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When Sex is Painful
If you are a woman who finds it difficult to have sex, insert a tampon or have a pap smear performed, you are not alone. These acts are not supposed to be painful. If engaging in any of these activities results in intense pain, it is important to realize that the pain is not in your head. It is important to seek help with your problem. You may be suffering from vaginismus.
Vaginismus is a condition where the vaginal muscles involuntarily tighten when penetration is expected. The issue with vaginismus is that many women do not seek help at first. If you have always suffered from this condition, you may believe that sex has to hurt and you may not realize that help is available. You also may feel embarrassed to discuss this topic with a friend or with your doctor in fear that he or she may not understand what you are going through. Many treatments for vaginismus are available so there is no reason for you to suffer in silence.
It is important to understand that vaginismus can occur for two reasons. You may suffer from vaginismus due to a trauma in the past such as rape or feeling chastised for a sexual decision that you made as a teen. As a result, your brain tries to protect your vagina from entry, resulting in unwanted muscle activity.
The second reason why you may suffer from vaginismus is as a result of underlying medical conditions. Many vulvar vaginal and bladder disorders can cause painful muscle spams in the vagina. These conditions include vulvodynia, interstitial cystitis, pelvic floor dysfunction and vulvar vestibulitis.
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Treatments for vaginismus are essential for allowing your pelvic muscles to function properly. Seeking treatment will improve your over all quality of life. It is important to make an appointment with your gynecologist, urologist or a vaginal disease specialist to rule out any medical reasons for your vaginismus. If no other medical problems are found, you will probably be instructed to start pelvic floor physical therapy.
You may not realize that physical therapy is available for the pelvis, but it is and it can be vital in curing your vaginismus. Physical therapy can include bio-feedback where you insert a device into your vagina and connect yourself to a computer. The physical therapist will teach you exercises and monitor the progress of your muscles spams on a computer.
There is also sexual therapy available where a physical therapist can give you a set of dilators to use at home. The dilators come in various sizes. Slowly at your own pace you can become comfortable inserting in a larger size to your vagina, helping to stretch the muscles. You can even use your dilator during a hot bath to help you relieve any anxiety you may have about trying this treatment.
If your doctor believes your vaginismus is caused by a traumatic event and not by a physical medical condition, it is important to seek therapy and talk to someone about your past. Learning how to heal can help you to overcome your sexual issues.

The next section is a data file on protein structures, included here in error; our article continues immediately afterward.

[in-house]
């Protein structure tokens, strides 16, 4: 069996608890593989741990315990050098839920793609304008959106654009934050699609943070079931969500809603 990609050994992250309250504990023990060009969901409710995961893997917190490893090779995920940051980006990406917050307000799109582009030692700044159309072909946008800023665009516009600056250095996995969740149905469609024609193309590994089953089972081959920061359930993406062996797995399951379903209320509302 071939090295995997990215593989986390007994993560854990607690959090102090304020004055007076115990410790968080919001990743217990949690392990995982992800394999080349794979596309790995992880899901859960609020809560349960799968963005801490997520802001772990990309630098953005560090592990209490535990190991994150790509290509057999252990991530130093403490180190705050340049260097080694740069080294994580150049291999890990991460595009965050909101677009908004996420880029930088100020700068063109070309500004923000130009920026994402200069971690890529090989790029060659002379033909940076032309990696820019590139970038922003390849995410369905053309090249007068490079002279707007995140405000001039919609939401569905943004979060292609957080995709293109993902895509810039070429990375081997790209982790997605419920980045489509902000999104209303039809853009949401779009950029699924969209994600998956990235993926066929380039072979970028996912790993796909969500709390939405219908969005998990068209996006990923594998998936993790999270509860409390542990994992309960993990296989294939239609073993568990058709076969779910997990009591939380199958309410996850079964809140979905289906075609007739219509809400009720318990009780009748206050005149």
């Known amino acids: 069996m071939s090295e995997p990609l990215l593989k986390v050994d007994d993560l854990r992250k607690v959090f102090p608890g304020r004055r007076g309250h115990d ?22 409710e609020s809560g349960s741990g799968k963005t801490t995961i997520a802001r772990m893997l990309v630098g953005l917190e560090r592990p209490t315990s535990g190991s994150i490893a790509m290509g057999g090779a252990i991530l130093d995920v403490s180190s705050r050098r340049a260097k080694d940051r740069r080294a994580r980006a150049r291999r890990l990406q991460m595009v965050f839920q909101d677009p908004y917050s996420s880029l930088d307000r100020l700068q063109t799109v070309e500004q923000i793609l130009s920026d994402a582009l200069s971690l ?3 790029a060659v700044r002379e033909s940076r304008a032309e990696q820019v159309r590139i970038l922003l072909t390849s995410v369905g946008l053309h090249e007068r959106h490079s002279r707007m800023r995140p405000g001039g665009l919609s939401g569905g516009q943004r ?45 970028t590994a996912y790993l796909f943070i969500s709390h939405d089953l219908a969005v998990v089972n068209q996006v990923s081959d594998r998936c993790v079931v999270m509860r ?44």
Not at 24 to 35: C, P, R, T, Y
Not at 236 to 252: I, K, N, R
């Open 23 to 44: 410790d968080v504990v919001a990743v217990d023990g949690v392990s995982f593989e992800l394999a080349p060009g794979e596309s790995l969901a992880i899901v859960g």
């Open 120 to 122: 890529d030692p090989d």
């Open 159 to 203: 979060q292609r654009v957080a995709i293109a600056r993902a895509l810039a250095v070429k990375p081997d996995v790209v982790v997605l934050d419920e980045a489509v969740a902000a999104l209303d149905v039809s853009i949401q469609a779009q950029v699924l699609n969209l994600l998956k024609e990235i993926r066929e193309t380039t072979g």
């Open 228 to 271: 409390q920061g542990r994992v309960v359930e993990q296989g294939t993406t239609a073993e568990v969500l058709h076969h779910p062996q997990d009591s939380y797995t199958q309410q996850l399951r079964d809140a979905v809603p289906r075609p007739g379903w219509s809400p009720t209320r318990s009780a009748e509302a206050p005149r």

If you suffer strictly from post trauma vaginismus it is possible to permanently be cured. In some cases though, vaginismus may return.
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When a Medical Condition is Present
Unfortunately, when an underlying medical condition is causing your vaginismus symptoms, there often is no permanent cure. Conditions such as vulvodynia, interstitial cystitis and pelvic floor dysfunction are all considered chronic illnesses. Although there is no one cure, there are many treatments available and some people do even go into periods of remission.
One main difference between someone suffering from vaginismus alone and someone suffering from vaginismus as a side effect of another medical condition, is that plain vaginismus only causes pain upon penetration. Women who suffer from chronic pelvic and bladder illnesses may also have pain almost constantly while doing daily activities such as working, cleaning and sitting. The pain associated with sex is just one of a laundry list of problems.
If you suffer from one of these conditions help is still available. Physical therapy may still be advised as it does help greatly with the taming of spastic pelvic muscles. If you have vulvodynia, chronic inflammation of the vulva, you may also be placed on medications such as vaginal Valium to help your vaginal muscles relax and low grade antidepressants to help with chronic nerve pain.
Interstitial cystitis, a painful and chronic bladder syndrome, is usually treated with Elmiron, a medication that can help to repair the bladder. In addition, many interstitial cystitis patients may be placed on antihistamine medications, low acid diets and even have medications inserted directly into the bladder via a catheter.
When you find a treatment for your pelvic or bladder disorder that works for you, you may regain the ability to have pain free sex again.
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The NVA: Home- http://www.nva.org/
Sex Without Pain: Vaginismus- http://www.sexwithoutpain.com/vaginismus.htm
Function Ability: Women's Health- http://www.functionabilitypt.com/womens_pelvic_floor_dysfunction.htm